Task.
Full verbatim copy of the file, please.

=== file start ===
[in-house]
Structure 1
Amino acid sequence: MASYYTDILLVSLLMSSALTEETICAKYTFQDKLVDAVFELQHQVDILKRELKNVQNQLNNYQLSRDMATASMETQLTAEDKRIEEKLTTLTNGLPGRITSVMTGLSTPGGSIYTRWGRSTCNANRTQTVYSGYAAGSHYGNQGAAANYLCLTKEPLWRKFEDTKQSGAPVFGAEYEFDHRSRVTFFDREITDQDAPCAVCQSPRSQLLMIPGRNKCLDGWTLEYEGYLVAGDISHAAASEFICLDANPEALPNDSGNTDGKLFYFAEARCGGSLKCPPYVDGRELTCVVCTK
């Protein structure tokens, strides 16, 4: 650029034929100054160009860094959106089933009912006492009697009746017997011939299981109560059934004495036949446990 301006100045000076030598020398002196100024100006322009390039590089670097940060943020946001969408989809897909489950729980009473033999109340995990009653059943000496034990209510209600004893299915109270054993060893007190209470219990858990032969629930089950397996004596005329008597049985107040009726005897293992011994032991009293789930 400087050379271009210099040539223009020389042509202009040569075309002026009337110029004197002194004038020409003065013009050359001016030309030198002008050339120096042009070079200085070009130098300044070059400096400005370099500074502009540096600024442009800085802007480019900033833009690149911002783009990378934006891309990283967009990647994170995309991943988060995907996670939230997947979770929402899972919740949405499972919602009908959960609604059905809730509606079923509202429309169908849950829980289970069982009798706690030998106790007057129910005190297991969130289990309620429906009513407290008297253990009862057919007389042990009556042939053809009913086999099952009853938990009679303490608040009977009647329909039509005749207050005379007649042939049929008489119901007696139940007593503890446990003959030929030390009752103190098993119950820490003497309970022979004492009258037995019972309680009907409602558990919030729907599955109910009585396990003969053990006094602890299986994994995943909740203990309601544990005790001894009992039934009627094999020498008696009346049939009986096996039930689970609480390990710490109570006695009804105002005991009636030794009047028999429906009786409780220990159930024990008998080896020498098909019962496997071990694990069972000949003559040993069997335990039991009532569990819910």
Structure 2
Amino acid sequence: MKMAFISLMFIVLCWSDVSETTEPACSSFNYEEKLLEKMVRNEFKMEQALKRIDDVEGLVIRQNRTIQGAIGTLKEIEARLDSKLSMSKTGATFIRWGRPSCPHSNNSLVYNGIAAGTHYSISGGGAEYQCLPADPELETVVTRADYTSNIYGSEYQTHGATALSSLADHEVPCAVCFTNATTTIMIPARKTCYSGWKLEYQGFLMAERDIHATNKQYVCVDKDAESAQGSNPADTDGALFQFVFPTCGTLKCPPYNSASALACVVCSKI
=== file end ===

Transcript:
[in-house]
Structure 1
Amino acid sequence: MASYYTDILLVSLLMSSALTEETICAKYTFQDKLVDAVFELQHQVDILKRELKNVQNQLNNYQLSRDMATASMETQLTAEDKRIEEKLTTLTNGLPGRITSVMTGLSTPGGSIYTRWGRSTCNANRTQTVYSGYAAGSHYGNQGAAANYLCLTKEPLWRKFEDTKQSGAPVFGAEYEFDHRSRVTFFDREITDQDAPCAVCQSPRSQLLMIPGRNKCLDGWTLEYEGYLVAGDISHAAASEFICLDANPEALPNDSGNTDGKLFYFAEARCGGSLKCPPYVDGRELTCVVCTK
């Protein structure tokens, strides 16, 4: 650029034929100054160009860094959106089933009912006492009697009746017997011939299981109560059934004495036949446990 301006100045000076030598020398002196100024100006322009390039590089670097940060943020946001969408989809897909489950729980009473033999109340995990009653059943000496034990209510209600004893299915109270054993060893007190209470219990858990032969629930089950397996004596005329008597049985107040009726005897293992011994032991009293789930 400087050379271009210099040539223009020389042509202009040569075309002026009337110029004197002194004038020409003065013009050359001016030309030198002008050339120096042009070079200085070009130098300044070059400096400005370099500074502009540096600024442009800085802007480019900033833009690149911002783009990378934006891309990283967009990647994170995309991943988060995907996670939230997947979770929402899972919740949405499972919602009908959960609604059905809730509606079923509202429309169908849950829980289970069982009798706690030998106790007057129910005190297991969130289990309620429906009513407290008297253990009862057919007389042990009556042939053809009913086999099952009853938990009679303490608040009977009647329909039509005749207050005379007649042939049929008489119901007696139940007593503890446990003959030929030390009752103190098993119950820490003497309970022979004492009258037995019972309680009907409602558990919030729907599955109910009585396990003969053990006094602890299986994994995943909740203990309601544990005790001894009992039934009627094999020498008696009346049939009986096996039930689970609480390990710490109570006695009804105002005991009636030794009047028999429906009786409780220990159930024990008998080896020498098909019962496997071990694990069972000949003559040993069997335990039991009532569990819910």
Structure 2
Amino acid sequence: MKMAFISLMFIVLCWSDVSETTEPACSSFNYEEKLLEKMVRNEFKMEQALKRIDDVEGLVIRQNRTIQGAIGTLKEIEARLDSKLSMSKTGATFIRWGRPSCPHSNNSLVYNGIAAGTHYSISGGGAEYQCLPADPELETVVTRADYTSNIYGSEYQTHGATALSSLADHEVPCAVCFTNATTTIMIPARKTCYSGWKLEYQGFLMAERDIHATNKQYVCVDKDAESAQGSNPADTDGALFQFVFPTCGTLKCPPYNSASALACVVCSKI